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ReelTalk Movie Reviews
Nothing Amusing To See Here
by Betty Jo Tucker

He’s not funny. He doesn’t smile.

He hates his job. We hate his style.

A comic who depresses folks

should try to write some cheerful jokes.

 

But then we see he’s in the dumps.

We’re sorry when he takes his lumps.      

So pathetic is this poor guy

that watching him soon makes us cry.

 

Entertainment the title reads.

But nothing fills amusement needs.

No pleasure comes from this movie.

It’s just as sad as it can be.

 

If you can’t bring yourself to applaud because the performance was lousy, then applaud because it’s over. They tried! – author Mark W. Boyer

Entertainment is about the way things should be. Art is about the way they are. – film critic Roger Ebert

 

Clearly, filmmaker Rick Alverson’s Entertainment belongs more under the Art category than the Entertainment umbrella. Not that there’s anything wrong with that. Still, because I love movies primarily for their entertainment value, this gloomy offering was painful viewing for me. And so I applauded because it was over, as Mr. Boyer recommends. They really did try!

For example, actor/co-writer Gregg Turkington succeeds completely in projecting the broken nature of the aging comedian whose journey involves a series of terrible gigs as he travels through the Mojave desert. His sullen expression, stringy hair, hunched-over shoulders, huge glasses and annoying delivery help make the character he plays convincing on screen. When he tells his awful jokes, we can’t help cringing. We’re even glad not to be actually attending any of his desperate performances. The comedian’s repetitive failures become almost hypnotic.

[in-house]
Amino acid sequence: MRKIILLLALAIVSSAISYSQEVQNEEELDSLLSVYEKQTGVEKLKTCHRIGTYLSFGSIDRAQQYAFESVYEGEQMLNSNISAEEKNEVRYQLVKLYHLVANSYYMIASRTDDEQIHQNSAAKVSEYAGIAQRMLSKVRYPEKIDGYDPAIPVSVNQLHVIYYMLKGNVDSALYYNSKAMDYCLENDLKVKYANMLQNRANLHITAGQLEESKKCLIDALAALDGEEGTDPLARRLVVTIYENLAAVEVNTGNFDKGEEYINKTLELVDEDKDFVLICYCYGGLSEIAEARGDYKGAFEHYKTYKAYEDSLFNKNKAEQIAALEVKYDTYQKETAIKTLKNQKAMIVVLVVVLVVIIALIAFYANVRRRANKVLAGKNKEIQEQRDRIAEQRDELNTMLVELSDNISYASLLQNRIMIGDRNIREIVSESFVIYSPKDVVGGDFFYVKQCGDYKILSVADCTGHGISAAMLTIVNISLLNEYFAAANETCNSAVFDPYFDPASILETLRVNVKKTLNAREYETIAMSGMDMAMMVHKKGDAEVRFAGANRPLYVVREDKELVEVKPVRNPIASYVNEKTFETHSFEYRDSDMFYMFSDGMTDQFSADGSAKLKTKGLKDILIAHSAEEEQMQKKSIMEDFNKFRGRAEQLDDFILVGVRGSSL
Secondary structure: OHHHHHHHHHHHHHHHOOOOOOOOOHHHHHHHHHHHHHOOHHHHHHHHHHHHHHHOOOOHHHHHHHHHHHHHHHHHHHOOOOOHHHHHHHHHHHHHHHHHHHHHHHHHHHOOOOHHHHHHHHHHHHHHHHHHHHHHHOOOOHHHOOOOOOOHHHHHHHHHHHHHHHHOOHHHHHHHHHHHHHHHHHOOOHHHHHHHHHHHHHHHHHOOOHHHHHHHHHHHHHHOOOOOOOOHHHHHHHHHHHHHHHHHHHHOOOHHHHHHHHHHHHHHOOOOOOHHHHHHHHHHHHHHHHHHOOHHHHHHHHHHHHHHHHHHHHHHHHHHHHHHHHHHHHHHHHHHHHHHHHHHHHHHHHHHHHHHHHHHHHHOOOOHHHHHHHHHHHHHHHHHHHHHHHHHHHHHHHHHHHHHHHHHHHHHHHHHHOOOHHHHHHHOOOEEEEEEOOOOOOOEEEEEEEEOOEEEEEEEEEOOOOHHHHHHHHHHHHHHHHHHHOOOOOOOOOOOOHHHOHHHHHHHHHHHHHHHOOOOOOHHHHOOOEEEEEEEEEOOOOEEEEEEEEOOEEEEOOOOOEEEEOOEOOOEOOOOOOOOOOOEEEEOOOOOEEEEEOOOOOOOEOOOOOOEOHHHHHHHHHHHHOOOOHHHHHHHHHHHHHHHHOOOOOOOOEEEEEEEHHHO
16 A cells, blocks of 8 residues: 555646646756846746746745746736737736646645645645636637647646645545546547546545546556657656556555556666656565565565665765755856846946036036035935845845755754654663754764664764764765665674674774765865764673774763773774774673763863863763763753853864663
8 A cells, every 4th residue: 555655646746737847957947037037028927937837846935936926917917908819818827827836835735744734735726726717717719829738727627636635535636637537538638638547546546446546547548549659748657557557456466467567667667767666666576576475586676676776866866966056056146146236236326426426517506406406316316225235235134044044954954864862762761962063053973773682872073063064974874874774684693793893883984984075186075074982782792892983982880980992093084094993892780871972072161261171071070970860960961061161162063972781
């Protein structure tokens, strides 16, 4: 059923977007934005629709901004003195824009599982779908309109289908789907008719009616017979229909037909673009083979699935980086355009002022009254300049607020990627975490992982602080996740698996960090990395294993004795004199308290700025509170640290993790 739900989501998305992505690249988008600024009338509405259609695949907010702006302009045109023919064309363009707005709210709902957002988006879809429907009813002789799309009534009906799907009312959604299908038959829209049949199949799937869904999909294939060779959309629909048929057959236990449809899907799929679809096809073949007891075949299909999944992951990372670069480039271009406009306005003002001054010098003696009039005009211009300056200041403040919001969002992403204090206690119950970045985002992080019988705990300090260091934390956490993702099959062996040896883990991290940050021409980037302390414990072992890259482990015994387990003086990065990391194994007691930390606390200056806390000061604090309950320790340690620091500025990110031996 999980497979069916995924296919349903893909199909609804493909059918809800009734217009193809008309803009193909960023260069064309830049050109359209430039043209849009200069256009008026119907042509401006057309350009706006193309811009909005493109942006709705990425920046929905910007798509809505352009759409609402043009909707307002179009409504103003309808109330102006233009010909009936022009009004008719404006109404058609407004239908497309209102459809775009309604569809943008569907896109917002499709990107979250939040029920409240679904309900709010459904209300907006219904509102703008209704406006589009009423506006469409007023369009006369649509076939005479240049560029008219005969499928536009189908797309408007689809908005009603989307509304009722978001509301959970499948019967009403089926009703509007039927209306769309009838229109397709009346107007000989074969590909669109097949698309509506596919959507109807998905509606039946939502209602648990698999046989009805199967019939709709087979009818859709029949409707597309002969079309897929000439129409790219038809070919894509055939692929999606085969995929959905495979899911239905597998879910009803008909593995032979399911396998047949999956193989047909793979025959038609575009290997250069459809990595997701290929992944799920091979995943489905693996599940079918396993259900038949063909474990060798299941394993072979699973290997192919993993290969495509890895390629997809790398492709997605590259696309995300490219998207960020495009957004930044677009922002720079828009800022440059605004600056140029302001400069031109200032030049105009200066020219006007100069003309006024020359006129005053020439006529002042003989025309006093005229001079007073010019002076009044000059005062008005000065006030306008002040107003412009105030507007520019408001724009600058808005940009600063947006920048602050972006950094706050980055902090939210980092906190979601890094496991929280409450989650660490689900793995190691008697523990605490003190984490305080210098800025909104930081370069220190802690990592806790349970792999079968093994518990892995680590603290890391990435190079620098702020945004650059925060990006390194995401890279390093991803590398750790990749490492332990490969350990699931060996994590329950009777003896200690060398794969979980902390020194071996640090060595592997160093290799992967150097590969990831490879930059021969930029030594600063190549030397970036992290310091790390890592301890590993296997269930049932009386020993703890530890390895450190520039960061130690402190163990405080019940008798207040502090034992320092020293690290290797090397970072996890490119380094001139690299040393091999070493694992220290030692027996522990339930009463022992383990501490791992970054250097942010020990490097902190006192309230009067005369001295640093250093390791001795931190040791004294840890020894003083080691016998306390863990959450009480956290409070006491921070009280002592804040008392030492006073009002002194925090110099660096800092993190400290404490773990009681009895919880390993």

Too bad we have no background information about why he chose stand-up comedy as a profession and what led to his great sadness. Is it true that comedians have to be miserable to be funny? (That topic gets explored in Misery Loves Comedy, a revealing 2015 documentary.)  Of course, the comedian in Entertainment isn’t funny at all.      

Among the supporting cast members, John C. Reilly stands out as a friendly relative trying to help the comedian. This bit of kindness ends up being a ray of sunshine in a mostly bleak world.

No doubt about it, comedy is hard. Maybe that’s why so many films have been made about the subject. Here are the ones I enjoyed the most: Punchline, The King of Comedy, Vince Vaughn’s Wild West Comedy Show, Mr. Saturday Night, and Goodbye Baby.                           

(Released by Magnolia Pictures and rated “R” for language, crude sexual material, a disturbing image and brief drug use.)

For more information about Entertainment, go to the IMDb or Rotten Tomatoes website.


                                                                                                                                                                               
 
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